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The rise of Germany’s ‘play streets’

Can play streets help address the problem of dwindling playgrounds in German cities? That’s the hope of planners who want to make the urban landscape truly child-friendly

People are moving to the cities but this has been at the expense of play areas for children and adolescents, says Anja Nehls, and while play streets would be the ideal solution, it is the cars that first need to give way.

Welcomed by residents

The capital, Berlin, has seen its number of playgrounds fall by a quarter in less than 20 years, but the concept of playstreets has started to take root, says Nehls in an article for German current affairs radio station, Deutschlandfunk,

Böchstraße is the first functioning temporary play street scheme in Berlin, which Nehls says has largely been embraced and welcomed by local residents. While Berlin’s population has been growing, she adds, children’s play areas have been falling away. For example, in the year 2000 there were 0.8 square metres per inhabitant, and now it is only 0.6 square metres.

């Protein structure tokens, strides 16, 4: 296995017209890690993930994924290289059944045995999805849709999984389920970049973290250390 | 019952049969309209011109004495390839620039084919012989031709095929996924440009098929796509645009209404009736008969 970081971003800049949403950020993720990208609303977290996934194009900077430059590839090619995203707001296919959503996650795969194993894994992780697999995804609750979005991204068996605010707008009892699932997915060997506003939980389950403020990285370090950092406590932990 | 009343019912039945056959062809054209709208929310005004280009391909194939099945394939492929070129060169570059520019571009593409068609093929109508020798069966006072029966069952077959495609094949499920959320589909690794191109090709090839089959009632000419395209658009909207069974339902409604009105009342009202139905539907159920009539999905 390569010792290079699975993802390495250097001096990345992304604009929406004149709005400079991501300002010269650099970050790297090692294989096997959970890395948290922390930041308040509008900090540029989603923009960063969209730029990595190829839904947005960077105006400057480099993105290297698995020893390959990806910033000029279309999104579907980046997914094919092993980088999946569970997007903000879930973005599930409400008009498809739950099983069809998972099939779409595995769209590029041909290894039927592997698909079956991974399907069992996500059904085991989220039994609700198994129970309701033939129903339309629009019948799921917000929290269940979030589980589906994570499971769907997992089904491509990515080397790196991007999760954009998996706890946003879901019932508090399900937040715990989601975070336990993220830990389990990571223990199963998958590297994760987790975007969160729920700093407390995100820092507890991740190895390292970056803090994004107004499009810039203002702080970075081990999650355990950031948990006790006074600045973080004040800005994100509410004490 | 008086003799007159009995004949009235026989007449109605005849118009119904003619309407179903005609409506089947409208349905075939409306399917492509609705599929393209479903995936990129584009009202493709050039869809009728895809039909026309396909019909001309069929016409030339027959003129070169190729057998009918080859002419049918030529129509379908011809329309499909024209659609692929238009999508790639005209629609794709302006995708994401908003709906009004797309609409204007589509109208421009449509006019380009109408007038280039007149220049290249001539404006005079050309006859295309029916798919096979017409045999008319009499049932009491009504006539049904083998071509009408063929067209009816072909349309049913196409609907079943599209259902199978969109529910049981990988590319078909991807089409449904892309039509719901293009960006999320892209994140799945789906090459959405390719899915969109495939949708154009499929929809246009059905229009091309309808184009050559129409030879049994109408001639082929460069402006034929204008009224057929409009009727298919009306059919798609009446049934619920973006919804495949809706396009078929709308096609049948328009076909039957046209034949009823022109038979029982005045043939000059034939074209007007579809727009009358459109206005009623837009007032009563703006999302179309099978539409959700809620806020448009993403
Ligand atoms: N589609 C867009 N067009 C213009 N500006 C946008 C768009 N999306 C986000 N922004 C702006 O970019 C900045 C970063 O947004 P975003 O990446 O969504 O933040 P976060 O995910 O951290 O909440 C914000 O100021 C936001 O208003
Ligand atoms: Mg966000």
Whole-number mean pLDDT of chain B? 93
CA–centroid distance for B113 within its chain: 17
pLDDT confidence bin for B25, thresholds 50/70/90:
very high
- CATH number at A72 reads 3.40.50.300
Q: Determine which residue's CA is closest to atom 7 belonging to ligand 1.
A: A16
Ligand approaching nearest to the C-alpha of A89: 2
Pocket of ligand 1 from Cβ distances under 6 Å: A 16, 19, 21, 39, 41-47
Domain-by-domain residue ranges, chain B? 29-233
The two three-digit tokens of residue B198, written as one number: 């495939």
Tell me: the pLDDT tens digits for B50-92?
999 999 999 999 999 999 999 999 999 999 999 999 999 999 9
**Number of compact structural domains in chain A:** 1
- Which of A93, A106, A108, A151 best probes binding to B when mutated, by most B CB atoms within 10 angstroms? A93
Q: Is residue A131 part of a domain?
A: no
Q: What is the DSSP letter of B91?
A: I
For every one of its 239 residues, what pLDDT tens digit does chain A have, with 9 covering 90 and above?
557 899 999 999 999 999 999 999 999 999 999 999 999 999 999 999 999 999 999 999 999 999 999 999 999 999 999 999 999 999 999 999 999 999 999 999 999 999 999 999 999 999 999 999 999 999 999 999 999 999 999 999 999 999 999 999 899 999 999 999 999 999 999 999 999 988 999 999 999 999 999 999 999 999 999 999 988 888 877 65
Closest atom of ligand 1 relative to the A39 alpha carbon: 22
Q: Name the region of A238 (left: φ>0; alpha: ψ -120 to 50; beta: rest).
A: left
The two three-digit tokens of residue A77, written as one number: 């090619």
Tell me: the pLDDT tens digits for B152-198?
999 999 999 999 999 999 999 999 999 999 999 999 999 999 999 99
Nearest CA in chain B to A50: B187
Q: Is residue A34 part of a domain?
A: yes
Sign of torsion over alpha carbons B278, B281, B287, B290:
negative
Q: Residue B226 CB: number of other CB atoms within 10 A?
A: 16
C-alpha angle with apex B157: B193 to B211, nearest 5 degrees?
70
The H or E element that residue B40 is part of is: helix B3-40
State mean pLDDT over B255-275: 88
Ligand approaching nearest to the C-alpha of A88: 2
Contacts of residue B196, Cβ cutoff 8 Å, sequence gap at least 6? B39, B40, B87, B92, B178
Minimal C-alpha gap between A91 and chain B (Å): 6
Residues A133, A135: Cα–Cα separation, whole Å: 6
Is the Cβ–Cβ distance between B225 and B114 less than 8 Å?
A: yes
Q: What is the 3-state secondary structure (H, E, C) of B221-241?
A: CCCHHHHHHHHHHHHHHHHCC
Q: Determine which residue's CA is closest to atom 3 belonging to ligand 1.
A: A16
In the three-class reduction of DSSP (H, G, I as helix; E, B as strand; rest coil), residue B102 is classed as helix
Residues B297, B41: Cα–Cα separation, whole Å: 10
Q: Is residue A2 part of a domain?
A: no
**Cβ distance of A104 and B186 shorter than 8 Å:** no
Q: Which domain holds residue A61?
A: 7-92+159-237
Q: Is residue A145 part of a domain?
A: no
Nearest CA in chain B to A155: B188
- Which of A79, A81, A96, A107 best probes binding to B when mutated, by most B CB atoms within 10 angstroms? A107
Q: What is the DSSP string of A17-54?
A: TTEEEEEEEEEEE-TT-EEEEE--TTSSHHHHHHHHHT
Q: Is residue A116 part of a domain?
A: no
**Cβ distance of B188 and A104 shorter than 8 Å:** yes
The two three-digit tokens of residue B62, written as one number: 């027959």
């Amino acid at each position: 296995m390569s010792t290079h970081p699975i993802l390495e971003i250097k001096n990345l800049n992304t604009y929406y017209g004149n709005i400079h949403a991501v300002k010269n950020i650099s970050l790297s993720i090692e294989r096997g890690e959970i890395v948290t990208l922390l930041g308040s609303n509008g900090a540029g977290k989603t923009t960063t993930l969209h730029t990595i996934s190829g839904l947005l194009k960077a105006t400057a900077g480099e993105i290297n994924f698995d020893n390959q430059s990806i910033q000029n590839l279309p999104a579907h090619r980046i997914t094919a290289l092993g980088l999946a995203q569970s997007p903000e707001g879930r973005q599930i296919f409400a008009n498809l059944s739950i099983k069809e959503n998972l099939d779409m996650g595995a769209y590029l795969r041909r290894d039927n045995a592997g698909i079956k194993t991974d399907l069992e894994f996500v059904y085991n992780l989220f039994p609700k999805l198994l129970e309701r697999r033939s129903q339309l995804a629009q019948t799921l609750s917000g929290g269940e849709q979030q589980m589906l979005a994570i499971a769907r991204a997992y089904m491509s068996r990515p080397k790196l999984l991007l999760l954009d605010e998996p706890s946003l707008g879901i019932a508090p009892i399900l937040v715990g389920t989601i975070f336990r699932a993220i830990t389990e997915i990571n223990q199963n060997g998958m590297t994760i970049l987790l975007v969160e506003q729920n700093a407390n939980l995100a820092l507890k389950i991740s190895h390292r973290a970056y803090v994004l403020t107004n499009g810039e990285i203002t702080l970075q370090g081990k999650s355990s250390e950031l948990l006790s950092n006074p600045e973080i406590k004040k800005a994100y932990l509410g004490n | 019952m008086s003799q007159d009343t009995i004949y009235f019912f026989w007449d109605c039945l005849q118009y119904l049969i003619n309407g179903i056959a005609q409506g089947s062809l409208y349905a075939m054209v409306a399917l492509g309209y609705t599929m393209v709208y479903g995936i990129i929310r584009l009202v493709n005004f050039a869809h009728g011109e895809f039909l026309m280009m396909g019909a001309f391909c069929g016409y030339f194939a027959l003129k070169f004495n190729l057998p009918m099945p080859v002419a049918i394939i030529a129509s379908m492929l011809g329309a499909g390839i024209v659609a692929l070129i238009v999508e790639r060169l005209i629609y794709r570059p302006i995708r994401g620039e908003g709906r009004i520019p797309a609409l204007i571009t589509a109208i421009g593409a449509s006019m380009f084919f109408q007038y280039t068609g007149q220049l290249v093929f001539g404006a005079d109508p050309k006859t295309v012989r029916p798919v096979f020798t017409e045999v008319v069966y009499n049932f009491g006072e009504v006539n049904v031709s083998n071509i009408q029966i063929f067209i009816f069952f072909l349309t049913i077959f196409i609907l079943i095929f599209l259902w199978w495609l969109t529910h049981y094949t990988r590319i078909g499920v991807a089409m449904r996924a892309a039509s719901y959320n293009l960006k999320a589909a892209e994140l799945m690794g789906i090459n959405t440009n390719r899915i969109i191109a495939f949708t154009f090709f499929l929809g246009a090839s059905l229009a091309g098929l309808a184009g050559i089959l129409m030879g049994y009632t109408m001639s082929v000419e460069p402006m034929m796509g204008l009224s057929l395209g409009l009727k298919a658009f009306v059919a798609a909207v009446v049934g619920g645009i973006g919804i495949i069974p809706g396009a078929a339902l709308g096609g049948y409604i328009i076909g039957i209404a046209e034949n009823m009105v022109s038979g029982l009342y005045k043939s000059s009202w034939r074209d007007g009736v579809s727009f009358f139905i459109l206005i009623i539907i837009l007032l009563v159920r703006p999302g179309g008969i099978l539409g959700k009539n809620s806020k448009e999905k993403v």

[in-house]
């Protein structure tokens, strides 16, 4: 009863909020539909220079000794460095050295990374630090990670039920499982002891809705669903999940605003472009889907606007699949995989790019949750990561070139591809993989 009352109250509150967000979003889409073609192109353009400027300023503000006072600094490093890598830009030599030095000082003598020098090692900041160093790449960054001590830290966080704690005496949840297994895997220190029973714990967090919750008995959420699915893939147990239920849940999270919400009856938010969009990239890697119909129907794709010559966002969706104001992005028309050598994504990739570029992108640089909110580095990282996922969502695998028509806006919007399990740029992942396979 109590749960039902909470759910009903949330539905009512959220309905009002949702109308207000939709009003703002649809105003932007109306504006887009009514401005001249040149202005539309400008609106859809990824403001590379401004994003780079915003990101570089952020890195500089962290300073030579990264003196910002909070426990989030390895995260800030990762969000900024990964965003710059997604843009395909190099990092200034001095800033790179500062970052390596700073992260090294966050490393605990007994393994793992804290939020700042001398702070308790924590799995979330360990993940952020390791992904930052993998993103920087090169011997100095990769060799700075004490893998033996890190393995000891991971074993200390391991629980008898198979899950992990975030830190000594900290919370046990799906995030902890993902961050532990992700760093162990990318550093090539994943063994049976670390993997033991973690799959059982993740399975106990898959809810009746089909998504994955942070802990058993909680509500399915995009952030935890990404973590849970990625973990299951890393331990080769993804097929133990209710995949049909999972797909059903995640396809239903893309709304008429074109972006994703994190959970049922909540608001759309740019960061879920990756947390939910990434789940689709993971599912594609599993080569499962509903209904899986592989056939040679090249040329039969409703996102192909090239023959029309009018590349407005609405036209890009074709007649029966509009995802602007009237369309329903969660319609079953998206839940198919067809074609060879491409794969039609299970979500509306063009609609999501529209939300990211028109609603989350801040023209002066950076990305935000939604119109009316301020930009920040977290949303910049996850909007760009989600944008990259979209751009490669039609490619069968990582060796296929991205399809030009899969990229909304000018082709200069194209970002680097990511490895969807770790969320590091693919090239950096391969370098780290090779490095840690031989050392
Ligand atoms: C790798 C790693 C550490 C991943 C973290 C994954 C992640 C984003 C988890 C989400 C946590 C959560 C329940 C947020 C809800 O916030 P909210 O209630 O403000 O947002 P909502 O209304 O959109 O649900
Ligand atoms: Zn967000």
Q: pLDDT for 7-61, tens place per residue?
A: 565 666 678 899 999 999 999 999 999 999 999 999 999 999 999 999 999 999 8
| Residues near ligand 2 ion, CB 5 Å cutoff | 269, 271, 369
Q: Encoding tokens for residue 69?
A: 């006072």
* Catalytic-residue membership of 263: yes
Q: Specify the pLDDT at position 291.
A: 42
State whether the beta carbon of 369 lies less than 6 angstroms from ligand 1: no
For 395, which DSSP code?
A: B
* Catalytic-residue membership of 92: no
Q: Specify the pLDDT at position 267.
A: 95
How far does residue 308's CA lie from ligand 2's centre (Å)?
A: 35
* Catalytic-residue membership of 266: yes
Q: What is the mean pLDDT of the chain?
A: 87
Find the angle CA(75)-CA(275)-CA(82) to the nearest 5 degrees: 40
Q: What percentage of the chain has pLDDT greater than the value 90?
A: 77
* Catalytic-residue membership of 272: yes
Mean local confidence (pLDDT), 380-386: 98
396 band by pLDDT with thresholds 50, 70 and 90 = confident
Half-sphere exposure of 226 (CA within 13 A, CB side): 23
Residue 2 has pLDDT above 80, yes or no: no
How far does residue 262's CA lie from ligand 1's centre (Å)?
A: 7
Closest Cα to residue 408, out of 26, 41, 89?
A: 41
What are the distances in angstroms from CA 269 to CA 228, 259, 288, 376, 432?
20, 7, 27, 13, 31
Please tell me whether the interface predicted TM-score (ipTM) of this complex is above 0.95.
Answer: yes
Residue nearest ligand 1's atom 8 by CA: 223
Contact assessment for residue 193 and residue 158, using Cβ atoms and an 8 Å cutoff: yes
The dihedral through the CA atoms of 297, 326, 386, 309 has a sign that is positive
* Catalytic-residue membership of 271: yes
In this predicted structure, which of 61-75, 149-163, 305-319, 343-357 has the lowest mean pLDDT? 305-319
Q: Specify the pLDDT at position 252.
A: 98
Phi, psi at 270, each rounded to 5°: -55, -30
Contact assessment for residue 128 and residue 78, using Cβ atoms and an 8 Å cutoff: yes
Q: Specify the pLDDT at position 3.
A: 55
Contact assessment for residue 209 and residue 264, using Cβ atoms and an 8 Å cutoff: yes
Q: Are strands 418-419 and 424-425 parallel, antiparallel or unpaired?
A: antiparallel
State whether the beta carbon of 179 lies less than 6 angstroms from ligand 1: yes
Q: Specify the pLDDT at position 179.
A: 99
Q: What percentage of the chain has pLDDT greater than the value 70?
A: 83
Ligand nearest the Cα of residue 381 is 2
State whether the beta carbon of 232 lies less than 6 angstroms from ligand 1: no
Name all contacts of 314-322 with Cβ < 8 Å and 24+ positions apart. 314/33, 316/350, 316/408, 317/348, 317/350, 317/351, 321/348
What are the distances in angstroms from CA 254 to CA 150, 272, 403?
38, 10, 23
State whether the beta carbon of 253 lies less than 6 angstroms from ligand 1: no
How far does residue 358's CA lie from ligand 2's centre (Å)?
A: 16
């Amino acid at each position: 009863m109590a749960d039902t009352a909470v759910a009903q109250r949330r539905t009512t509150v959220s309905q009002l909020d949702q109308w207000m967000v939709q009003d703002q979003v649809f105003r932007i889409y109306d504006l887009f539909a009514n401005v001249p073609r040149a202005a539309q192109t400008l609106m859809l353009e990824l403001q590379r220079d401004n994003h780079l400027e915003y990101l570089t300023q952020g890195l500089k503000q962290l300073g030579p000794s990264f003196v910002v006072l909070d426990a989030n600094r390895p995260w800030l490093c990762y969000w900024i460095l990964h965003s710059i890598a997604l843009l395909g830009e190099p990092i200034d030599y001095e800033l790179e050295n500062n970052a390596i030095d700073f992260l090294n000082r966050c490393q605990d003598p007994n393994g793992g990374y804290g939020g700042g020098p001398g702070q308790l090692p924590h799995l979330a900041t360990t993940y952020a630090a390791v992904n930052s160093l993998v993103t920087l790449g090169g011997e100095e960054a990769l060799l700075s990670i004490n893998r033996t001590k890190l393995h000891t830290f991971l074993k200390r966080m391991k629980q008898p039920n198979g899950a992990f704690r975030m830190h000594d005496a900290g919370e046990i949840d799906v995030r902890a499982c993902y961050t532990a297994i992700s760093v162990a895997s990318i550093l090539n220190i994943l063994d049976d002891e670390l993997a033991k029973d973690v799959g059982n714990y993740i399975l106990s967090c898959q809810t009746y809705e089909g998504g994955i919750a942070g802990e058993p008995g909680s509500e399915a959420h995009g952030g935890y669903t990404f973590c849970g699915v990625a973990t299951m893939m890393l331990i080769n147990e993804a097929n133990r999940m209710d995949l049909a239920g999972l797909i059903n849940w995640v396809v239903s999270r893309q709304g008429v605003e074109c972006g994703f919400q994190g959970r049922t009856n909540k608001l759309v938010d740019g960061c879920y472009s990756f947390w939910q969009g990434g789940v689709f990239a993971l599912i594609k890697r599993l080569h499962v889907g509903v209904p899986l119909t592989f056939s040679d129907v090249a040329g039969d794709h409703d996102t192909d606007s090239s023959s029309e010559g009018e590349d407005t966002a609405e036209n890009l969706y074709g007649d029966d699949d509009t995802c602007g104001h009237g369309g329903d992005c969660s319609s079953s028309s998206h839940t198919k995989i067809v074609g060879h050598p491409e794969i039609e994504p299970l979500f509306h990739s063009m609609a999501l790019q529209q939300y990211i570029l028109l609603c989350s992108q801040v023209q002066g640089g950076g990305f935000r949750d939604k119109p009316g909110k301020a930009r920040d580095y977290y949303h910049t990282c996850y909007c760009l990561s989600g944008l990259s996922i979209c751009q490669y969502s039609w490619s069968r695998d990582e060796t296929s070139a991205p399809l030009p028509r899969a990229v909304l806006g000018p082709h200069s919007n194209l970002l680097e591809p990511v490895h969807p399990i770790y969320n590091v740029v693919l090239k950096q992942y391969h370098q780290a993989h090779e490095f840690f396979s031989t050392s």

Children outside evolve ‘very differently’

Yet the Berlin Playground Act of 1979 says it should be at least one square metre, and this is not being adhered to. Claudia Neumann of the German Children’s Fund tells Deutschlandfunk that children need this outdoor play, because children who play outside, who can really let off steam, who have space to romp about, also have random encounters with other children outside, naturally evolve ‘very differently’ than children who spend their time mainly indoors.

Nehls also highlights the example of Barcelona which has successfully introduced the concept of safe ‘pocket playgrounds’.

The original article (in German) is available here.

Author: Simon Weedy

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